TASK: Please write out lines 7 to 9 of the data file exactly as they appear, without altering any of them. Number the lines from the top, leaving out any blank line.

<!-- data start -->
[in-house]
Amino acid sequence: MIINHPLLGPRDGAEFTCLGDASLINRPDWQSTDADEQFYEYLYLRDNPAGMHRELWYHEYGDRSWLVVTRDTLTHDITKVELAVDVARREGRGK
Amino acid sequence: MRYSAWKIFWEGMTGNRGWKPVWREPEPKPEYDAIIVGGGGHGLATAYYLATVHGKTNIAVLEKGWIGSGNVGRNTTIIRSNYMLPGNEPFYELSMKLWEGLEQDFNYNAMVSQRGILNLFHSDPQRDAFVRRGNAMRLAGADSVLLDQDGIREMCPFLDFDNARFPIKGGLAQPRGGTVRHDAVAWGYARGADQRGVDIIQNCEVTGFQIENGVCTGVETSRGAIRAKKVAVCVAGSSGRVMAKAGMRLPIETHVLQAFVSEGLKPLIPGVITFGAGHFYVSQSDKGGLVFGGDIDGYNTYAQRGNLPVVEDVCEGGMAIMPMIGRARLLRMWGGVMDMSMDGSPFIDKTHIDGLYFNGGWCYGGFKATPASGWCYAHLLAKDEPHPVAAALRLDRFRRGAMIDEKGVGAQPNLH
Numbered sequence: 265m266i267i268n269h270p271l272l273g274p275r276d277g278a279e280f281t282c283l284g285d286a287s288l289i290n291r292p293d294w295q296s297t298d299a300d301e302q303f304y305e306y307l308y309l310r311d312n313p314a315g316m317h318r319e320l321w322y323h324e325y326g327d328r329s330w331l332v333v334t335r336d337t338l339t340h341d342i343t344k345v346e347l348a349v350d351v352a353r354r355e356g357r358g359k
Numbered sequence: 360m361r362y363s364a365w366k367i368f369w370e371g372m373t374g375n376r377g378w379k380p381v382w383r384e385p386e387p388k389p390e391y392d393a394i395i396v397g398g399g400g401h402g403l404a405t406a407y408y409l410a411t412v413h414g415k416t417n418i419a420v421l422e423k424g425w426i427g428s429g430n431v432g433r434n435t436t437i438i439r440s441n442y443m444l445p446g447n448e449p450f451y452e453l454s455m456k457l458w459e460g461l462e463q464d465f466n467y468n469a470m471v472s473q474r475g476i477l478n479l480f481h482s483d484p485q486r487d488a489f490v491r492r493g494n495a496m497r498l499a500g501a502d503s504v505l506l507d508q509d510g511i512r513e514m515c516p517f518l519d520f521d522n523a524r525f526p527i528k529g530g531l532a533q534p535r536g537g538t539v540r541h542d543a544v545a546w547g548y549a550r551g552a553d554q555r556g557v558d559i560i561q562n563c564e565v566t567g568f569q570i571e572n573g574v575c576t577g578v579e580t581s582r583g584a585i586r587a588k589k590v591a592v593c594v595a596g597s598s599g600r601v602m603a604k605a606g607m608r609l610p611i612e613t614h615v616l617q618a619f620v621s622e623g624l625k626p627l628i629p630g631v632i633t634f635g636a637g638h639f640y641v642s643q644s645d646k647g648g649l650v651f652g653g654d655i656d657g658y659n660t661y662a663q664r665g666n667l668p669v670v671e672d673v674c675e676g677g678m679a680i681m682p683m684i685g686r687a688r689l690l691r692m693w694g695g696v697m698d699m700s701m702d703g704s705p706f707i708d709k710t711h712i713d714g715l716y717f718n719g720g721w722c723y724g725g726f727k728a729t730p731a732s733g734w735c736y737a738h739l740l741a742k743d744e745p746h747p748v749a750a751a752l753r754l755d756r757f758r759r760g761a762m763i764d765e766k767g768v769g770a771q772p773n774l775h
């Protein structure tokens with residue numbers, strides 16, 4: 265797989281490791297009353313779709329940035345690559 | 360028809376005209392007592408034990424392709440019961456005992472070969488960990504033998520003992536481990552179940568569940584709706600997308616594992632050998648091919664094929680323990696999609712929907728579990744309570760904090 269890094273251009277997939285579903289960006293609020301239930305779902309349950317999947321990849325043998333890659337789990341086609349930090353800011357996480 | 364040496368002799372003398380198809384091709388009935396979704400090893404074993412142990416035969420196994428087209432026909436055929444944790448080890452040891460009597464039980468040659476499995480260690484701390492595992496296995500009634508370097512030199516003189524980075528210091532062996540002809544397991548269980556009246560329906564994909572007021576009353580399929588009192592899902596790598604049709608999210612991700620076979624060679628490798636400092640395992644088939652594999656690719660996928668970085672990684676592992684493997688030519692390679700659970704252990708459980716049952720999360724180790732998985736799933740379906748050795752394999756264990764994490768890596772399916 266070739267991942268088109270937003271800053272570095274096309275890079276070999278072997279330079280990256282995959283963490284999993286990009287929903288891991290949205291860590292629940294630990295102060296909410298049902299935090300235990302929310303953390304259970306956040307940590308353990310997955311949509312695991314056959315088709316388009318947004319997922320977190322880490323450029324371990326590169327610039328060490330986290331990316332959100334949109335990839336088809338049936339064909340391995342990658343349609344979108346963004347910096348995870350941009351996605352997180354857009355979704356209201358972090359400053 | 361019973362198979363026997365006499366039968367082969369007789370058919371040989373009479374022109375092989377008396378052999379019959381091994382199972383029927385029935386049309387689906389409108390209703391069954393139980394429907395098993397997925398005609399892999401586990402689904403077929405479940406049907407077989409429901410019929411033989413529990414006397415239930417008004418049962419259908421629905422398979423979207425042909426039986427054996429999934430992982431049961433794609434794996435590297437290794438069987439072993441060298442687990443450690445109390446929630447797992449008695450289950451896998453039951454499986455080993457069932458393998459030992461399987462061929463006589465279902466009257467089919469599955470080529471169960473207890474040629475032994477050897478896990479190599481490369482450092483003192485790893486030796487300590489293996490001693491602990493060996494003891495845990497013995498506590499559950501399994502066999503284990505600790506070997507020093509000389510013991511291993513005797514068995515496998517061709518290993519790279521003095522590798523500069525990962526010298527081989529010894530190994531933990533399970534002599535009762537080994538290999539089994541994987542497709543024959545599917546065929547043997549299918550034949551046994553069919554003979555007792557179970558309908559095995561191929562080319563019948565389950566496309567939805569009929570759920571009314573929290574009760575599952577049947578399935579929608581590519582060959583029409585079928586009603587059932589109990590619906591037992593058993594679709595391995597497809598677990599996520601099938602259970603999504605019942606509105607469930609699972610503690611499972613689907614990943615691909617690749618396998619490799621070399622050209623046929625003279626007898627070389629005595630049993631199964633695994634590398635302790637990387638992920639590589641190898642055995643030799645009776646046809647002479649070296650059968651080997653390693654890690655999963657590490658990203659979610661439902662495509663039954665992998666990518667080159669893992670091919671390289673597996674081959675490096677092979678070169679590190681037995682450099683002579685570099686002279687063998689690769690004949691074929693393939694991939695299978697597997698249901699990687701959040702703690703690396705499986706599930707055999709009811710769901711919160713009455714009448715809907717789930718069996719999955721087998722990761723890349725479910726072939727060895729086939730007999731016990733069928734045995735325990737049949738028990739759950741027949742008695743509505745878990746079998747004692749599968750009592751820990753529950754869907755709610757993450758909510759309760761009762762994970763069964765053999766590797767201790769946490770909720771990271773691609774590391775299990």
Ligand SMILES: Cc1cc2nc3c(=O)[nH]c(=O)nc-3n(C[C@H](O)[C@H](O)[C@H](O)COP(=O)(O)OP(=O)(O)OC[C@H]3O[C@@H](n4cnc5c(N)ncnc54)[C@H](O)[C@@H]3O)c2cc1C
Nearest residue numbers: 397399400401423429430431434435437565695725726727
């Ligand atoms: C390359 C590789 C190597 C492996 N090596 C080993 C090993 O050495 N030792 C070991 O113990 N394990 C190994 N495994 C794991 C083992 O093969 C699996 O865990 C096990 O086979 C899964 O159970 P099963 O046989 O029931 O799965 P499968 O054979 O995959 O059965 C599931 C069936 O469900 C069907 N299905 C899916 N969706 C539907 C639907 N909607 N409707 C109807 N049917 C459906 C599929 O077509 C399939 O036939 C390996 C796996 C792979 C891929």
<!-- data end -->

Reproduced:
Ligand SMILES: Cc1cc2nc3c(=O)[nH]c(=O)nc-3n(C[C@H](O)[C@H](O)[C@H](O)COP(=O)(O)OP(=O)(O)OC[C@H]3O[C@@H](n4cnc5c(N)ncnc54)[C@H](O)[C@@H]3O)c2cc1C
Nearest residue numbers: 397399400401423429430431434435437565695725726727
């Ligand atoms: C390359 C590789 C190597 C492996 N090596 C080993 C090993 O050495 N030792 C070991 O113990 N394990 C190994 N495994 C794991 C083992 O093969 C699996 O865990 C096990 O086979 C899964 O159970 P099963 O046989 O029931 O799965 P499968 O054979 O995959 O059965 C599931 C069936 O469900 C069907 N299905 C899916 N969706 C539907 C639907 N909607 N409707 C109807 N049917 C459906 C599929 O077509 C399939 O036939 C390996 C796996 C792979 C891929």